The opening night of Werther was a beautiful masterpiece, however it was underwhelming at times. Massenet’s Werther, based on Goethe’s Die Leiden des Jungen (The Sorrows of Young Werther), is a classic story of two star-crossed lovers – whose love brings sorrow to both themselves and the people around them.
The Royal Opera House was filled with a vibrant and excited atmosphere as people came to see the famous Peruvian tenor Juan Diego Flórez cast as Werther opposite Isabel Leonard as Charlotte. Despite the buzzing atmosphere of the theatre, the ambience of the entire theatre changed as soon as the curtains were opened. The excited anticipation instantly changed to intrigue as the stage was revealed. The first act commences with the Bailli teaching his children the cheerful “Noël! Jésus vient de naître” as they frolic around the grand but realistic set. Before the audience meet Werther for the first time, we are greeted with his ominously large shadow approaching on the door of the Bailli’s house.
When Charlotte and Werther finally meet, the audience expect this electrifying, almost tangible connection between the two lovers – however I found this aspect to be missing throughout most of the performance. We learn of the death of Charlotte’s mother and Charlotte’s promise to marry Albert despite her feelings for Werther. Whilst this production is meant to be a tale of their forbidden love, it seems more like an obsession on the part of Werther towards Charlotte, with him even appearing to throw a tantrum at the end of Act II when Charlotte marries Albert.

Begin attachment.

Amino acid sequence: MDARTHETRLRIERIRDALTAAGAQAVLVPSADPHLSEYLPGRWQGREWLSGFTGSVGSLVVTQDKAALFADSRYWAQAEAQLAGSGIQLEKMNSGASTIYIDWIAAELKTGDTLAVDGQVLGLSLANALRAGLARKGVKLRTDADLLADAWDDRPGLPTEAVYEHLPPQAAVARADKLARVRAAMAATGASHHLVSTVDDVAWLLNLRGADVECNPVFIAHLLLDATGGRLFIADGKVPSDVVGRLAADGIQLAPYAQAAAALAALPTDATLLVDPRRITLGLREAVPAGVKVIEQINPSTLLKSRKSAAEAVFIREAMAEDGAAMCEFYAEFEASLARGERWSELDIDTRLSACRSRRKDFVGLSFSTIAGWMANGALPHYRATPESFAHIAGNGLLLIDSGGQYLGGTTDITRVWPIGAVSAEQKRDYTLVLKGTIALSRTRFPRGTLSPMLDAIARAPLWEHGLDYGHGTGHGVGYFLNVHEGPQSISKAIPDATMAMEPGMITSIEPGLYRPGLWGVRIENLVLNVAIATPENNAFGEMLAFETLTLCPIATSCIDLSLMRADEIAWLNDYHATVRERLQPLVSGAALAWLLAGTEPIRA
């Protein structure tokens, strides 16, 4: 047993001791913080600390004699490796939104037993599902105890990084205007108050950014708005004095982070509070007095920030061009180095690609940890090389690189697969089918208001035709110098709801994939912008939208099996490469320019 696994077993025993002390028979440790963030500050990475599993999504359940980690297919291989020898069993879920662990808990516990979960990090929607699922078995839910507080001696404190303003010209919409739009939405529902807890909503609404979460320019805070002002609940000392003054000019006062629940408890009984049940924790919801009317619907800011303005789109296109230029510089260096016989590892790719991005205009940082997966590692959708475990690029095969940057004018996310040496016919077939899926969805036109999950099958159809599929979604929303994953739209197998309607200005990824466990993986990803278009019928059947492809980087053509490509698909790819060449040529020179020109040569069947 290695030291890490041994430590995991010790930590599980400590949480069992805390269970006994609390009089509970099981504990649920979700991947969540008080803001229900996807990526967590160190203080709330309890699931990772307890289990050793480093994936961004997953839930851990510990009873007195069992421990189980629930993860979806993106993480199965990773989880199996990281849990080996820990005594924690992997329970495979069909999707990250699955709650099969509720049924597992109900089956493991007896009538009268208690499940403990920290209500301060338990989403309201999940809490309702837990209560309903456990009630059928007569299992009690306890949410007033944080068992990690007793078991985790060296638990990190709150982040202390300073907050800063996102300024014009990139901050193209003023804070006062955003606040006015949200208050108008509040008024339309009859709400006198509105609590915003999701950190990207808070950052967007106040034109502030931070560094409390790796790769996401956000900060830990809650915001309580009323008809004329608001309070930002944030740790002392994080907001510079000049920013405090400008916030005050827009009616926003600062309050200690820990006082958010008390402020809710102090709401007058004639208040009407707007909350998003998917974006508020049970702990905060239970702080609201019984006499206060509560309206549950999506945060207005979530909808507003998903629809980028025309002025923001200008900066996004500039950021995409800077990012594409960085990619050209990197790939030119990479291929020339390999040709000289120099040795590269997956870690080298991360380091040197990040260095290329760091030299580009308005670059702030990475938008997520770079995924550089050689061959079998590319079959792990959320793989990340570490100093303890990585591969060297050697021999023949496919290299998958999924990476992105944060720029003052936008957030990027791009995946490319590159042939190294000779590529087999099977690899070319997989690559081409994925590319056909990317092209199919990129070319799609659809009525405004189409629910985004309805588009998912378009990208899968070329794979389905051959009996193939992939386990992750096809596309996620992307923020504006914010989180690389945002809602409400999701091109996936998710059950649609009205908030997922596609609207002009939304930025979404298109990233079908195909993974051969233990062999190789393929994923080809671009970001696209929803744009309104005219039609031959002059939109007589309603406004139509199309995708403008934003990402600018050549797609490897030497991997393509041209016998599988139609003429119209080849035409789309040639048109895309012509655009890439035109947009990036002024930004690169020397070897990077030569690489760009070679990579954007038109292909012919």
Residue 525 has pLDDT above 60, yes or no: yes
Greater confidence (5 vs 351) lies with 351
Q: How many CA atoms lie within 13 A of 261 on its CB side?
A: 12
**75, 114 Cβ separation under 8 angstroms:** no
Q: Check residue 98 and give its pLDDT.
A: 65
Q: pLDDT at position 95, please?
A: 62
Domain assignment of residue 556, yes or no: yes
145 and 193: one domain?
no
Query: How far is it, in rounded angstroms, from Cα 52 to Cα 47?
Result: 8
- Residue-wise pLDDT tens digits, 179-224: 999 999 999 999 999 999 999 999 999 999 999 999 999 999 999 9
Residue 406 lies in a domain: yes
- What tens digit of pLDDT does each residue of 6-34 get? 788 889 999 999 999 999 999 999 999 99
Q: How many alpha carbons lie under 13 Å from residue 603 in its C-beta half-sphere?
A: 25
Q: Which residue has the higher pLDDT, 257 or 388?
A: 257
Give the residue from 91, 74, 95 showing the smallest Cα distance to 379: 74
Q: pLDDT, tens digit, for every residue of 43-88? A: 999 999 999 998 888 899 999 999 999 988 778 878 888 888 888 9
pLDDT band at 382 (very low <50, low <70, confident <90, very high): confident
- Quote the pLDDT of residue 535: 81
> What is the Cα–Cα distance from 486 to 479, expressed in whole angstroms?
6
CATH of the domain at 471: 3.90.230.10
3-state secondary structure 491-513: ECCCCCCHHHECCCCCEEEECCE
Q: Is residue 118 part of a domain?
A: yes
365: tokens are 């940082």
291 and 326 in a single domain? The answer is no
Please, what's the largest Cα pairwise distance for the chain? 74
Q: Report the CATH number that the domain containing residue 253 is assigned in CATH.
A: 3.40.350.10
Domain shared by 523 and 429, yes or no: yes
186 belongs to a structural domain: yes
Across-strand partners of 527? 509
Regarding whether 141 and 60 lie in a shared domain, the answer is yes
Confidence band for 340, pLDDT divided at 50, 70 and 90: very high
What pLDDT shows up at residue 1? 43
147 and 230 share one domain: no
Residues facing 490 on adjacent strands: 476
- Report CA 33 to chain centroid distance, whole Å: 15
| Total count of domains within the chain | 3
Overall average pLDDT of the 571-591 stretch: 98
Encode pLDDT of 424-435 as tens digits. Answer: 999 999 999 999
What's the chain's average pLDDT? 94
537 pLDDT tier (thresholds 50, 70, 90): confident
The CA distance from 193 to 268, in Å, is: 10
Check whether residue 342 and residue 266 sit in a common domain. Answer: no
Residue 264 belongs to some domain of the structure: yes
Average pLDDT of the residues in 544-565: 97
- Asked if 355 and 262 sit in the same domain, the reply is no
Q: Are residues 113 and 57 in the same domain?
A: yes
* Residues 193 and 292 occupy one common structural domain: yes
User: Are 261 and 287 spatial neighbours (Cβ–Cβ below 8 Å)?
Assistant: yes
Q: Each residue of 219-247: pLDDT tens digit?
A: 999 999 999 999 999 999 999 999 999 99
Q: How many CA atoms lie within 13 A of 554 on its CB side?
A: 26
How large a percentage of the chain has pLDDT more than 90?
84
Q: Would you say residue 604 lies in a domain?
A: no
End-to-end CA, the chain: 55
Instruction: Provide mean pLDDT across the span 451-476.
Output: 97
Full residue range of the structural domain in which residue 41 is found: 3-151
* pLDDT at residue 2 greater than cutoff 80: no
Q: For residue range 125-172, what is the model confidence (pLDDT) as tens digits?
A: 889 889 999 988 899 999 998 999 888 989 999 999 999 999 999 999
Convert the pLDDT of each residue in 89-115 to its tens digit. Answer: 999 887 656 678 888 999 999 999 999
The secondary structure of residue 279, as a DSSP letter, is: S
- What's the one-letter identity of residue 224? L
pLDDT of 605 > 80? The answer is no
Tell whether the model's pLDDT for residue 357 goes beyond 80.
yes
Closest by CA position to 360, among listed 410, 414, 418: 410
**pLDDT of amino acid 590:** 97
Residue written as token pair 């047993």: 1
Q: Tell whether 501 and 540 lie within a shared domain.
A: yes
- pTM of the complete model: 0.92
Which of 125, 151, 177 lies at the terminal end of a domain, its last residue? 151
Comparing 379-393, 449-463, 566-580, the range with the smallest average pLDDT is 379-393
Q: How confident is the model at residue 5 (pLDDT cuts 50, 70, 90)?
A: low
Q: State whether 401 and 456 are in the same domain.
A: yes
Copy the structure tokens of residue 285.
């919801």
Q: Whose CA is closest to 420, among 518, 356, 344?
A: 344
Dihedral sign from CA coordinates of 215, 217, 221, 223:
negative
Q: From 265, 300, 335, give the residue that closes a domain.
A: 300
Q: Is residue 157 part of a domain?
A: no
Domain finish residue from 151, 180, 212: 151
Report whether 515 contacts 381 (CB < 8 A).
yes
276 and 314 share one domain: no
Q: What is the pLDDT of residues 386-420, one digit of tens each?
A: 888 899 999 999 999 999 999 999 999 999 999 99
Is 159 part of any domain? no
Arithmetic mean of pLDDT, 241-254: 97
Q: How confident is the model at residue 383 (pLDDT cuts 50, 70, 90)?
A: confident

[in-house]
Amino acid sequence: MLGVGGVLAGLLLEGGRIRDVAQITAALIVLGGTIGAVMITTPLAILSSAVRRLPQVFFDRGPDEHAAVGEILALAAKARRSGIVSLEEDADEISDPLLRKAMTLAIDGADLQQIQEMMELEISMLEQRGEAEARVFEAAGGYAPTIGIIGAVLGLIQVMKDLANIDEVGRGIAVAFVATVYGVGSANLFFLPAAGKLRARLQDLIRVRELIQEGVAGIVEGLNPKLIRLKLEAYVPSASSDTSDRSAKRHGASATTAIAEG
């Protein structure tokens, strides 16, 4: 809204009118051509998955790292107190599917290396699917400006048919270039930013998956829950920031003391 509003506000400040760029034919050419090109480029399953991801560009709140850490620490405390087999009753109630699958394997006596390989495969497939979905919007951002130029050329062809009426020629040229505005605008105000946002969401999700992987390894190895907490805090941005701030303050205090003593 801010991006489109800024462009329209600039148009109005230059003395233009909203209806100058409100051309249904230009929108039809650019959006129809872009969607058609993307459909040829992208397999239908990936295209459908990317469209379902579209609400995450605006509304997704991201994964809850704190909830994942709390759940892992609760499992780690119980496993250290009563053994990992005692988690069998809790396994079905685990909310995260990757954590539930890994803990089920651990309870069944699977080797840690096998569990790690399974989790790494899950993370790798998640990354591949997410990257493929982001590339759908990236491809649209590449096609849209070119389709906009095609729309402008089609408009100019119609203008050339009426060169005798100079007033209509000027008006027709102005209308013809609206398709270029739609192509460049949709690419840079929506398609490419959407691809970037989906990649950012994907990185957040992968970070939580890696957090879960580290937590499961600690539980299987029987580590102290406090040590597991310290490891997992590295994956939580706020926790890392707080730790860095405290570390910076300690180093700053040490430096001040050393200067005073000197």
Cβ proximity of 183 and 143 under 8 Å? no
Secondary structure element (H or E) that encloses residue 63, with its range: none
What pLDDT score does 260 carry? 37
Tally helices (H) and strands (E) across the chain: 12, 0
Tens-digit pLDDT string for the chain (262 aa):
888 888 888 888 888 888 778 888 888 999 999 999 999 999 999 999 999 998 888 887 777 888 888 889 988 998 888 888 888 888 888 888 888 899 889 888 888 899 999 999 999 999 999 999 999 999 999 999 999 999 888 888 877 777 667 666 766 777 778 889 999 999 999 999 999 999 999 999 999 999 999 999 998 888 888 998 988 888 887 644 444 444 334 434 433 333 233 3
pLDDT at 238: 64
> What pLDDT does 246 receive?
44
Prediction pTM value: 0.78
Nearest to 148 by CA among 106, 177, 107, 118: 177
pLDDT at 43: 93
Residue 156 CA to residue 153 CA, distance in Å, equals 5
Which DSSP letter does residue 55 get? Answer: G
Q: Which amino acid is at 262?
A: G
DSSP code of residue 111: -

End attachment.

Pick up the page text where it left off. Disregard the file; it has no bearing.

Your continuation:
Nevertheless, as the production drew to a close, the feelings between the two lovers became more apparent. The turning point in the opera was where Charlotte finally admits her love for Werther after reading his letters. When she runs after him, the drawing room doors burst open into a beautiful night sky – filled with beautiful amber hues that looked like burning embers falling through the sky. The realistic yet extravagant set was replaced with a vast, endless sky that highlighted and emphasised every action and lyric performed by the two lovers. When Charlotte finds Werther again in the final act, the audience sees Werther alone in his blood-stained shirt in his apartment with the burning embers still visible in the night sky. His apartment, initially off into the distance slowly approached the front of the stage – drawing the audience in to find out more.
Throughout the performance, there was no doubt about the talent of each of the performers – the singers, as well as the orchestra, all delivered an outstanding show. Although if I am being perfectly honest, the orchestra completely overpowered the voices of the singers. It was difficult to really feel the pain and sorrow in Werther’s arias when the accompanying music, as alluring as it was, made it tough to even hear some of the words being sung.
Overall, Werther is an opera that is worth seeing due to its dark and intriguing nature. The mise en scene of the entire production was breath-taking and the songs were beautiful and moving. The main downside of this production, at least for the opening night, was that instead of highlighting the voices of the singers, the accompanying music detracted from it.
- 4 stars